Dozens of staff at the BBC have kept their jobs after being found guilty of bullying and harassment despite the corporation’s zero-tolerance promise.
The broadcaster has upheld or partly upheld 33 of 154 cases in the past two years but only one person has lost their job.
A Freedom of Information Act disclosure has revealed that an additional 105 complaints were dismissed and 16 were withdrawn.
The findings come eight years after the inquiry into BBC bullying and harassment sparked by the Jimmy Savile scandal.
But the figures show misconduct is still an ongoing problem after sources told a newspaper outlet that executives aren’t adequately protecting complainants.
The BBC said it takes appropriate action in each of the cases and the figures don’t include BBC Studios which produces much of its TV content including Strictly Come Dancing.
Since 2013, there have been 508 formal cases of bullying and harassment, 32 of which were sexual misconduct complaints.
cafter a Respect at Work review, implementing a zero-tolerance culture where people feel able to raise concerns and have confidence that they’ll be dealt with properly.
One person who’s since been involved in a case said the new attitude is more about protecting the institution than the person.
The BBC has also promised to settle claims quicker after it was accused of taking too long in the Dinah Rose QC’s report.
The corporation said it would resolve disputes in 30 days, with 60 days allowed for complicated cases, but in the past eight years have seen an aggregate of 79 days for resolution.
Paul Siegert, the broadcasting organiser at the National Union of Journalists, said that many of those accused were managers and the BBC were too afraid to dismiss them because they were concerned about the negative publicity.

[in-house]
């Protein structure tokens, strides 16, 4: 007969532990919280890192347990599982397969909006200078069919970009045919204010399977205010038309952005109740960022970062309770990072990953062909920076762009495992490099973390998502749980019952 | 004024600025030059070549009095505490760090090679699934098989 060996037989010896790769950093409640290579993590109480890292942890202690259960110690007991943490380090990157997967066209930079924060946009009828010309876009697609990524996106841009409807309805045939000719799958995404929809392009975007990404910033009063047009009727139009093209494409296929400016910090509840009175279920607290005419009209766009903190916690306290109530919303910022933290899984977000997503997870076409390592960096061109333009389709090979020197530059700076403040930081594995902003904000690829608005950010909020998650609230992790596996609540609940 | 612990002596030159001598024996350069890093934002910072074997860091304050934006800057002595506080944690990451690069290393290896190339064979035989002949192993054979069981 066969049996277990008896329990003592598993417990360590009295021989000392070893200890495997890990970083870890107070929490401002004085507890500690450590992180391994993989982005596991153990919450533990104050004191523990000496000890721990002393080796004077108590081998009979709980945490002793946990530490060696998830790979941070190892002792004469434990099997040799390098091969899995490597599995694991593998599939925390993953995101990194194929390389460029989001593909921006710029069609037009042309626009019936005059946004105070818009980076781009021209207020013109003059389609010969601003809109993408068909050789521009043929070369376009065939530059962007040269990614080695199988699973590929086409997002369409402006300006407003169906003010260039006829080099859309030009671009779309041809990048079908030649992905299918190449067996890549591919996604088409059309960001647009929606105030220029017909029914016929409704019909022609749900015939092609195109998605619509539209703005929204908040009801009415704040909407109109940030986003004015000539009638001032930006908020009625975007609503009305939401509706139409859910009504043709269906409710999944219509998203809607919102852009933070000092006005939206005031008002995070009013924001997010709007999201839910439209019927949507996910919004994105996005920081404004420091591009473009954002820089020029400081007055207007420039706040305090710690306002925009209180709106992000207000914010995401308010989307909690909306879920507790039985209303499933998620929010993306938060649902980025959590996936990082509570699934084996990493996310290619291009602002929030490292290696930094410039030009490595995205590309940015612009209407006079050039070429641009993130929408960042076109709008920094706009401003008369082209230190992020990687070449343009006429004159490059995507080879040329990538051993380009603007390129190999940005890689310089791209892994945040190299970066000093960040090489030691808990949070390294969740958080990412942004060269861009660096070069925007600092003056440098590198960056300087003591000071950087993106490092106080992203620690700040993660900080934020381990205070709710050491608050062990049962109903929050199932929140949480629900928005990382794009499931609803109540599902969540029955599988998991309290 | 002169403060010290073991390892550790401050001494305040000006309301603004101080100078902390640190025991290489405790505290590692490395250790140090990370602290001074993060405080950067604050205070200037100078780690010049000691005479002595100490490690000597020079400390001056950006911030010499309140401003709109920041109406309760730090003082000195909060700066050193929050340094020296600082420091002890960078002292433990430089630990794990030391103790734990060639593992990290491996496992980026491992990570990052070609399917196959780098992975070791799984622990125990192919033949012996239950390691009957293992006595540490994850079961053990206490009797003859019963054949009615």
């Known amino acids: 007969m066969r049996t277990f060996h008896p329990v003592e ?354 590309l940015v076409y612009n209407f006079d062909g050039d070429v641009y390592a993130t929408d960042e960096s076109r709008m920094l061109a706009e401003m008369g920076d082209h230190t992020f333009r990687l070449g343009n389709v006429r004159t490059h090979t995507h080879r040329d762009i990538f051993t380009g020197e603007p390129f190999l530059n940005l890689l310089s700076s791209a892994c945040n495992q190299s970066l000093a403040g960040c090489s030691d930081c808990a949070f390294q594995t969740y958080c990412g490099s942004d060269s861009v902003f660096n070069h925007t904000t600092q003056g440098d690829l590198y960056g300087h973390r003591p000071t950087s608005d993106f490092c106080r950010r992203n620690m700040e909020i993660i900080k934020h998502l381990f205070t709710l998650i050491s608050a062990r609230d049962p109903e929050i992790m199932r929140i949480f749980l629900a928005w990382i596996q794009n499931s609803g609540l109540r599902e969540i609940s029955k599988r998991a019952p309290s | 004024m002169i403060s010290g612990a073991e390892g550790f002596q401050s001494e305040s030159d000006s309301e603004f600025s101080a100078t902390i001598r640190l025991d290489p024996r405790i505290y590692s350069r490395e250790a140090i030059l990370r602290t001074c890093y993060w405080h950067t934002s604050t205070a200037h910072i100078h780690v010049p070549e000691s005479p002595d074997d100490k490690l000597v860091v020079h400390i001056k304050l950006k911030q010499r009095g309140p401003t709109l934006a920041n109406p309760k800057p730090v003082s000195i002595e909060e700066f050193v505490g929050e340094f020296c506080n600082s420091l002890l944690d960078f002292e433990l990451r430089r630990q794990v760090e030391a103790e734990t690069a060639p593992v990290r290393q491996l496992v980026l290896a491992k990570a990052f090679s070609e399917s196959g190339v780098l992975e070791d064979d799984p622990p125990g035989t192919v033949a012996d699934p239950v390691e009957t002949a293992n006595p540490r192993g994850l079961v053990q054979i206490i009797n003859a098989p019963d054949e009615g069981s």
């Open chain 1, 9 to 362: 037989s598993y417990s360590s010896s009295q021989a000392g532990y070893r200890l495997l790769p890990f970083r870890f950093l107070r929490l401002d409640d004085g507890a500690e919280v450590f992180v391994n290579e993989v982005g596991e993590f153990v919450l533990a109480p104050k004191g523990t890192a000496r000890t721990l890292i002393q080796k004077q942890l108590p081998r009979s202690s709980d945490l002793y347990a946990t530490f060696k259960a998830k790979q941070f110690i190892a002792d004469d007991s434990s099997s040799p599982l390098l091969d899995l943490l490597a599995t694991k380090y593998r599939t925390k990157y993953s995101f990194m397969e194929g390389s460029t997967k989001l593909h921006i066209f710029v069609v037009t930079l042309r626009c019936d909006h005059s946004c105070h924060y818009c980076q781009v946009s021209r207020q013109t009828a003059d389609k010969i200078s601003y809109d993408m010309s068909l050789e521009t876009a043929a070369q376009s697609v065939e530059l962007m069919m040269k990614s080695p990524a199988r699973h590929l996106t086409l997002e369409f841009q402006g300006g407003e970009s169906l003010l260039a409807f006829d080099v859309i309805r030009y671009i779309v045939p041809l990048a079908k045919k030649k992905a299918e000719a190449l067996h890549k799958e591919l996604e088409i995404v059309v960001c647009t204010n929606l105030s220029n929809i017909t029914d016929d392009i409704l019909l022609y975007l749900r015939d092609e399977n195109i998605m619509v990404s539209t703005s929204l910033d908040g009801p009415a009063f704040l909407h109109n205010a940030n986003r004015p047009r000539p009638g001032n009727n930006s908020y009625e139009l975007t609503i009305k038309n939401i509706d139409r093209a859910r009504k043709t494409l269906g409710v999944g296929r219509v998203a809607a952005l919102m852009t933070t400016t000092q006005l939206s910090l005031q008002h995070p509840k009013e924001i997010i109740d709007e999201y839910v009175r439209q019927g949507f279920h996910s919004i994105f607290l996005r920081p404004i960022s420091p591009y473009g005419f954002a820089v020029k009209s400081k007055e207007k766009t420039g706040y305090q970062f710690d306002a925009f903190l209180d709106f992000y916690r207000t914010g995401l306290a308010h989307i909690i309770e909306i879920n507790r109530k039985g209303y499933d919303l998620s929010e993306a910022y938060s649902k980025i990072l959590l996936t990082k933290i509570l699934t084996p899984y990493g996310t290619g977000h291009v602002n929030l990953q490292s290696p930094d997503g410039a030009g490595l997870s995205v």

And he said, that usually, those that are guilty leave quietly without a payoff, a completely unacceptable way of cracking down on improper conduct.
He added that the National Union of Journalists had been involved in some cases which had taken more than a year.
The BBC said that the BBC should be ambitious about resolving cases quickly, but that they could be complex and needed to be examined with rigour and care.
And for those that haven’t already done it, it’s now time to cancel your TV licence, but then, of course, they’ll send in an army of people to chase you up and intimidate you – the TV licence has absolutely no value for money.
The government are already considering replacing the BBC licence with a new Household Tax, which means that no one will be exempt.
Boris Johnson is a Socialist coward, and he won’t let you cancel your licence, nor will it be put on a subscription basis, and once he puts the TV licence into a property tax, people won’t even have a choice about paying it.
This is pure out and out bullying, but of course, their TV footmen will look you square in the face and swear blind that there’s absolutely no bias on their part, scout’s honour! And of course, there’s no accountability if you’re a loyal stooge of the political regime.
Of course, the simplest way to resolve the matter is to just close down the BBC, or there should be a referendum on the licence fee, and I’m guessing that the BBC would lose badly.